Sunday, 2 June 2013

Insiders, Political Economy and The Reset

Tyler Cowen has a reminder for us:
It is a common observation that nominal wages are sticky but let’s not forget that real wages are often sticky too (and in fact nominal stickiness tends to matter much more when accompanied by real stickiness, but that is a point for another day.)  That means many labor market changes will be slow to manifest themselves in the real world.  Furthermore you often will see them first for new jobs, for the young, and for new labor market entrants (usually but not always the young)...Fear the reset.  The world will continue to produce much more value, and much more gdp, but who will capture that value is already changing dramatically and will continue to do so.
The consequence of real wage stickiness is that changes in the position of labour might be slow to manifest themselves, leading to a painful ‘reset’ where insiders lose their cushy priviliges.

Isn’t this a good thing? We don’t look at the examples of Greece and Italy, wring our hands and say, ‘Oh, if only the labour market was more heavily regulated and there were more insiders who could protect themselves from economic disruption.’* We see rather that labour markets are not flexible enough – and I think we’re right in that observation.

Similarly, the fact that insiders got health insurance and the outsiders didn’t was the exact problem that Obamacare sought to solve. Companies offering less generous plans or leaving their employees to buy coverage on exchanges was the intention of the legislation. The goal was to move healthcare away from the corporate-centric model, because that model doesn’t control costs properly and screws over anyone with a pre-existing condition.

The classical view, therefore, would be to say the reset is great! Move resources to productive activities! Cut unemployment! Increase efficiency! Bryan Caplan wants the reset and he wants it now.

But Cowen offers a reason why real wage flexibility might be a bad thing – the declining labour share of income. There’s a lot of discussion of a future in which the labour share of income is minimal, but maybe the problem of the deteriorating position of labour relative to other factors of production is worse than we think. If change is only taking place gradually, at the expense of a population of outsiders which grows only slowly while a shrinking but substantial fraction of insiders remain insulated, then the rate of change of labour share of income is sticky and there could be lots more negative distributional consequences on the way.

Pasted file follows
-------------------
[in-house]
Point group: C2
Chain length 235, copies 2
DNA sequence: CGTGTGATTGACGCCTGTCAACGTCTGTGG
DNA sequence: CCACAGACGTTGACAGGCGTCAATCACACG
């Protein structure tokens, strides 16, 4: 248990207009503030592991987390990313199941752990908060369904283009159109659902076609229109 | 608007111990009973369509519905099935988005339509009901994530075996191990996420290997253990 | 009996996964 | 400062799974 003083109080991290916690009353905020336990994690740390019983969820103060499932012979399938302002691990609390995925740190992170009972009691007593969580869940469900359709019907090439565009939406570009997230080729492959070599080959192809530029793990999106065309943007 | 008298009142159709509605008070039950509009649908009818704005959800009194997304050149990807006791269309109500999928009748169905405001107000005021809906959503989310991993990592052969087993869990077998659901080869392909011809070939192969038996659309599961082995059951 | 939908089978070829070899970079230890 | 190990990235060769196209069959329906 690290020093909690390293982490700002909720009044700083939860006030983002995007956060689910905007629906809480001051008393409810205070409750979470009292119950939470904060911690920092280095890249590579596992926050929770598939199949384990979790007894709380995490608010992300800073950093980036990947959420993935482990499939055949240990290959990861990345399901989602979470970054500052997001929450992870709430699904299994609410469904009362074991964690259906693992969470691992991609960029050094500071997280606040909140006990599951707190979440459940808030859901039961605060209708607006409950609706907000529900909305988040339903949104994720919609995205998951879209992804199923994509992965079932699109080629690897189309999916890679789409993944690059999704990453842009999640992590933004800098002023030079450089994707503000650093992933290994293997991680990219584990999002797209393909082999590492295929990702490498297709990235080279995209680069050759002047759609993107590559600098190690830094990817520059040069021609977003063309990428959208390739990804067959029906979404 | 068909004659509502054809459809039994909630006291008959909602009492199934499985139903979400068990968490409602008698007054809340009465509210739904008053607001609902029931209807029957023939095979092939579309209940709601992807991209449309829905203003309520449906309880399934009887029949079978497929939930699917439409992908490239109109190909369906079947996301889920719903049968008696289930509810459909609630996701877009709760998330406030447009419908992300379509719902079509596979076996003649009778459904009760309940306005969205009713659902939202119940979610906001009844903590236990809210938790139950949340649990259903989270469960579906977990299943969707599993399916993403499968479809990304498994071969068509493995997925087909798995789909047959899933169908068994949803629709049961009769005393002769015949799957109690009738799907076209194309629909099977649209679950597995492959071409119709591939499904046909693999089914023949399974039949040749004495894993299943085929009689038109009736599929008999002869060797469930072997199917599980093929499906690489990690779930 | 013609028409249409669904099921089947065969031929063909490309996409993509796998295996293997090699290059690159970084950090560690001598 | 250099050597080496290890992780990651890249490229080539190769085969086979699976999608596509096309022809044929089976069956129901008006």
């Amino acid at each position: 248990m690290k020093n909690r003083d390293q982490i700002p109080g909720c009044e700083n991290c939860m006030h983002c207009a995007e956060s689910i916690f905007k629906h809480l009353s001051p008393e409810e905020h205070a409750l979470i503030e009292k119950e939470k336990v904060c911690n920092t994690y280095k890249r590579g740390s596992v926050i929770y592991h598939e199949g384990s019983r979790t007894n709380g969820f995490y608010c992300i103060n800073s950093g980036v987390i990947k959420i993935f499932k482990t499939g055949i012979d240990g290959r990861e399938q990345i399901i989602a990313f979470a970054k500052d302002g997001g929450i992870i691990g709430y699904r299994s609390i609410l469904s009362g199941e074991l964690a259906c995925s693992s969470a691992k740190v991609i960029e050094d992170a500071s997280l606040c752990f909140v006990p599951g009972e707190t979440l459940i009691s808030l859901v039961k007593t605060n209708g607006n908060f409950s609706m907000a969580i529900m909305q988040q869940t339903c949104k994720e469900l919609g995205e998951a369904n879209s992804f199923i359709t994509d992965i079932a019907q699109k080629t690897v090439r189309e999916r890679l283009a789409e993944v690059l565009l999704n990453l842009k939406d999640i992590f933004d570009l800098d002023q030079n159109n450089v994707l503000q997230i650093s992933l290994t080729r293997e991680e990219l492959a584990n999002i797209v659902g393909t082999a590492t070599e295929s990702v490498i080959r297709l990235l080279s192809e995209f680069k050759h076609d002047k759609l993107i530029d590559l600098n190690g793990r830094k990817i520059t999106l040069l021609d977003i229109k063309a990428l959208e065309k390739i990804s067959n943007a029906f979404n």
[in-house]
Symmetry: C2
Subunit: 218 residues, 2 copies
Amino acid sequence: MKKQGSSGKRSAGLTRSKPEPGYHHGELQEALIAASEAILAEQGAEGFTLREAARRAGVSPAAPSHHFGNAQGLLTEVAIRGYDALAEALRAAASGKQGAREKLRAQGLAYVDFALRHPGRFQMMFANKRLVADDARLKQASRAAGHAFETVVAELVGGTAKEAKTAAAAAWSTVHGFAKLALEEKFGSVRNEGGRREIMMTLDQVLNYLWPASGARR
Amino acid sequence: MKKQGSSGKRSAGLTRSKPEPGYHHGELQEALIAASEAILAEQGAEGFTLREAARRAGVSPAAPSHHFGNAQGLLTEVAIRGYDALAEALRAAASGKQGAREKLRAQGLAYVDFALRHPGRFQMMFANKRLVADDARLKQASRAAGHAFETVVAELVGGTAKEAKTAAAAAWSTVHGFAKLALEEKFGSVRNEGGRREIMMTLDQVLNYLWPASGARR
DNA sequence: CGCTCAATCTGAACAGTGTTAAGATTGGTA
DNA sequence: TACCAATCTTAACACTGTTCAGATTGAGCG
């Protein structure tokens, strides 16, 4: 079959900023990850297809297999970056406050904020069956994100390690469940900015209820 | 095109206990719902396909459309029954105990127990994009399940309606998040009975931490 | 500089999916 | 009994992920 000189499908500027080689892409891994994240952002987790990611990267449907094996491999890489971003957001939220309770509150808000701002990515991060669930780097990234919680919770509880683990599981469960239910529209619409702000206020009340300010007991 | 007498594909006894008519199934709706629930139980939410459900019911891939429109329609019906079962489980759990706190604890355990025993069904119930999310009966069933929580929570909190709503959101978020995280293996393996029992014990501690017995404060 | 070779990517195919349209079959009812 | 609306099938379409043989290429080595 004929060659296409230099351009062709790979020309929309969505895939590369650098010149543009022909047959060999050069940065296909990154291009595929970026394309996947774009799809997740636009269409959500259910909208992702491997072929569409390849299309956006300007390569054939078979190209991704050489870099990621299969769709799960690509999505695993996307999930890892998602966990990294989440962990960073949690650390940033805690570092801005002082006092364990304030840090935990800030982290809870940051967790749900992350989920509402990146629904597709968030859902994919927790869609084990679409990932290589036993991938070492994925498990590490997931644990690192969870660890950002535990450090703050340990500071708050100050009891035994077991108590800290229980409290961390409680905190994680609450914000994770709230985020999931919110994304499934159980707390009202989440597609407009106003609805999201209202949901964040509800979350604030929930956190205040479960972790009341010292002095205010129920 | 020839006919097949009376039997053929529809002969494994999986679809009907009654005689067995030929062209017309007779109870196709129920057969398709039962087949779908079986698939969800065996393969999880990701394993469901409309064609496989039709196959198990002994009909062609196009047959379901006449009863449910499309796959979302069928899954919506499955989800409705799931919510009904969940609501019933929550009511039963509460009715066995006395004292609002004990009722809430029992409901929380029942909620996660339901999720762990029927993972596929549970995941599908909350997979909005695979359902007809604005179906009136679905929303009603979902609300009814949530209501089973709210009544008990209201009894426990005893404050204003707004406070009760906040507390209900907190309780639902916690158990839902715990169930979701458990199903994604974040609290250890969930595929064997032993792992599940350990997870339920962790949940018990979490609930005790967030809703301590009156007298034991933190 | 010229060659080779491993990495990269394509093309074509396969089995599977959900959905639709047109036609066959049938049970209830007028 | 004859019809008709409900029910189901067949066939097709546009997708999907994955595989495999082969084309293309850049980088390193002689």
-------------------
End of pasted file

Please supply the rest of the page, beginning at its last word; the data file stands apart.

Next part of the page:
The argument goes thus: maybe the current system isn’t economically efficient, but it’s better at keeping what resources there are in the hands of the workers. Neoliberal wonks don’t like insider-dependent ways of helping the poor, like unions or the minimum wage, because they’re economically inefficient. They tend to argue for dismantling these kinds of protections in favour of better policies like tax credits.

The problem is that insider-centric policies have a political constituency, and the wonks’ policies don’t. Unions lobby for more union power. Big corporations which already pay above minimum wage like to make life harder for the competition. On the other hand, no-one wants to pay extra taxes in order to fund the EITC, or capital endowments. Therefore, it may be that pareto-efficient labour market flexibility is impossible, because once the protections are dismantled there’s no political constituency for helping the poor. With rising inequality, the political clout of the rich can only increase, helping them to entrench themselves as a new class of insiders, while ensuring that the poor are left out in the cold –  they lose the suboptimal redistributive policies that were helping them before, but don’t gain any optimal redistribution in return.

There’s a compelling case that this is exactly what’s been happening in recent years.
Resets show up more quickly in some sectors than others, most of all they come quickly when buyers and sellers have only sporadic and perhaps even anonymous contact with each other.  In other words, the reset comes more slowly for the mistress than for the street prostitute.  And when you see youth losing relative ground in labor markets, that is another signal that you should be worrying about resets.
Cowen’s ‘reset’ argument also casts the problem of labour market bifurcation in a wholly new light. The last few decades of economic growth have been much kinder to academics than they have to burger-flippers. But maybe what we’re really seeing is that there are more insiders at the high-skilled end of the labour market, who are better equipped to forestall their inevitable reset.

This is obviously true in some sectors. Cowen uses the great example of tenured professors, but you can look at public employees like teachers, or credentialist cartels run by doctors and lawyers. Maybe it’s not a coincidence that these have been the sectors most resistant to productivity growth. The ‘Great Stagnation’ hypothesis assumes that the reason developments in technology haven’t made much difference to retail or healthcare or transportation productivity is that we haven’t found ways to make tech work in these industries (yet). But perhaps the real reason is that there are powerful upper-middle-class insiders holding back MOOCs and Watson and Uber and tooth whitening. Part of the reason insiders are able to entrench themselves is low turnover and this is true of firms as well as individuals. A large fraction of productivity growth comes from low-productivity firms going out of business and resources being reallocated to high-productivity firms.